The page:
EYE IN GRAVES' DISEASE--ROLE OF ORBITAL FIBROBLASTS

  • Bahn, Rebecca Sue (PI)

Project: Research project

Project Details

Description

DESCRIPTION: The consequences of Graves'
ophthalmopathy include pain, inflammation, disfigurement, diplopia and loss
of vision. At present, treatment options for this debilitating condition
are palliative at best. Better approaches to management and improved
clinical outcome will not likely be developed until there is a better
understanding of the pathogenesis. The clinical triad Graves' disease
includes thyrotoxicosis, Graves' ophthalmopathy and pretibial dermopathy.
The clinical signs and symptoms of the nonthyroidal manifestations of
Graves' disease are the result of an accumulation of glycosaminoglycans
(GAG) in the retro-ocular space, within the extra-ocular muscle bodies and
in the pretibial skin of affected individuals. These hydrophilic
macromolecules are produced locally by fibroblasts. The central premise of
the proposed research is that disordered GAG synthesis by fibroblasts,
mediated by immunologic events, results in the GAG accumulation
characteristic of both Graves' ophthalmopathy and pretibial dermopathy.
The investigators will examine fibroblasts from the retro-ocular connective
tissue, extraocular muscles, and pretibial and abdominal skin. The
investigators intend to determine (1) if the abundance of a particular
retro-ocular fibroblast antigen of 23 kDa, which they have defined, is
affected by the immunologic milieu; (2) whether there are differences in
heat shock protein expression between fibroblasts from affected and
unaffected anatomical regions; (3) whether there are differences in major
histocompatibility class II (HLA-DR) or immunoglobulin binding between
fibroblasts from affected and unaffected anatomical regions; and (4) if GAG
synthesis by retro-ocular, extraocular perimysial and pretibial fibroblasts
is stimulated by IL-1, other cytokines or conditioned media. The
investigators see 600-1000 patients with Graves' ophthalmopathy annually at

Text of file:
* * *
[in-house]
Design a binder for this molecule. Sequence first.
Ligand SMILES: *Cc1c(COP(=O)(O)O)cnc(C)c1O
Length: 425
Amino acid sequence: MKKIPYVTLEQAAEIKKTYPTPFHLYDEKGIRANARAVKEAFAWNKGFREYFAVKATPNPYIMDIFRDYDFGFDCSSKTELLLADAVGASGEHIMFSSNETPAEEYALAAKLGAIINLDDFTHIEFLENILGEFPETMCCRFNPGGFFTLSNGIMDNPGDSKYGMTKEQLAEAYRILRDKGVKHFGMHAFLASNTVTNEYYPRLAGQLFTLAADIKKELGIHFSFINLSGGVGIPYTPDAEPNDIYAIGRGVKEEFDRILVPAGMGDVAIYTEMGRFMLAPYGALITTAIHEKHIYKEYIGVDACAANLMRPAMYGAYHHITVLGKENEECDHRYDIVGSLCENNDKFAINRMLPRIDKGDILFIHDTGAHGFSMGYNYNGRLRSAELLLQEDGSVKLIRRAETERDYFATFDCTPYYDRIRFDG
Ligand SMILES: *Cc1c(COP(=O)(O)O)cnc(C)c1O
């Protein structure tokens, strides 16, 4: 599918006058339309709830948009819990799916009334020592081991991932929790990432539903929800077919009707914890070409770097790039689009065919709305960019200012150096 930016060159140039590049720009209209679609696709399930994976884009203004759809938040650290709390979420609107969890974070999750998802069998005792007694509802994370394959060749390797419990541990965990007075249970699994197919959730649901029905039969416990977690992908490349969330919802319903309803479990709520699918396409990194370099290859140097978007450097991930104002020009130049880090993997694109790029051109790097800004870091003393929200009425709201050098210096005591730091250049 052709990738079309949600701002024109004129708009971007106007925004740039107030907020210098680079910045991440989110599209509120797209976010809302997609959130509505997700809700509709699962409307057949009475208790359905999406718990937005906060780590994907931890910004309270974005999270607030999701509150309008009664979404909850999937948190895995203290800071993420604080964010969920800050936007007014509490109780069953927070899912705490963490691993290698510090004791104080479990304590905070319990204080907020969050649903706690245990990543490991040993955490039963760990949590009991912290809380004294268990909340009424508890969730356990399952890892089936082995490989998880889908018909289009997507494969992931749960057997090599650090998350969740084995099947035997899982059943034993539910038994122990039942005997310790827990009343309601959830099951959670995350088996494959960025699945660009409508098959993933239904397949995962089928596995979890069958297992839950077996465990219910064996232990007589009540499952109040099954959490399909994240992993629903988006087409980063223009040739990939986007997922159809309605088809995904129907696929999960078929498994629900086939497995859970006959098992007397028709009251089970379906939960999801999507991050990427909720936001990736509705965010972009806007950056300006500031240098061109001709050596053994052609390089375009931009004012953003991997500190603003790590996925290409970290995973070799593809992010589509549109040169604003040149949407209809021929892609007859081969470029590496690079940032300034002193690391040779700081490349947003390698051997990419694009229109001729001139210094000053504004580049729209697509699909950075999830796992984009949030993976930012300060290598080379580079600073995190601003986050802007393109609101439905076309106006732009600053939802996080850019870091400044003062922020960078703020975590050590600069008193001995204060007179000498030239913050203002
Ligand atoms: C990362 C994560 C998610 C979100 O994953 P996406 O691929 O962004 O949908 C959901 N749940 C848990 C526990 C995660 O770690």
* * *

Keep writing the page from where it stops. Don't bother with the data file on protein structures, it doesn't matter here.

the Mayo Clinic, approximately 30 of whom undergo orbital decompression
surgery. Thus, they have access to a very large patient population with
this condition, as well as to surgical tissues from severely affected
individuals. Techniques to be used include in vitro assays of GAG
synthesis, immunoblot analyses of fibroblasts proteins, and
immunocytochemical and immunofluorescent examinations of biopsy specimens
from affected individual. The investigators believe these studies will
enhance their understanding of disease pathogenesis which will translate
into improve management strategies and eventually better clinical outcomes.
StatusFinished
Effective start/end date8/1/917/31/05

Funding

  • National Institutes of Health
  • National Institutes of Health: $173,529.00
  • National Institutes of Health
  • National Institutes of Health: $262,067.00
  • National Institutes of Health
  • National Institutes of Health: $270,527.00
  • National Institutes of Health
  • National Institutes of Health: $266,932.00
  • National Institutes of Health: $400,313.00
  • National Institutes of Health
  • National Institutes of Health: $383,925.00
  • National Institutes of Health
  • National Institutes of Health: $393,016.00
  • National Institutes of Health: $393,067.00

ASJC

  • Medicine(all)

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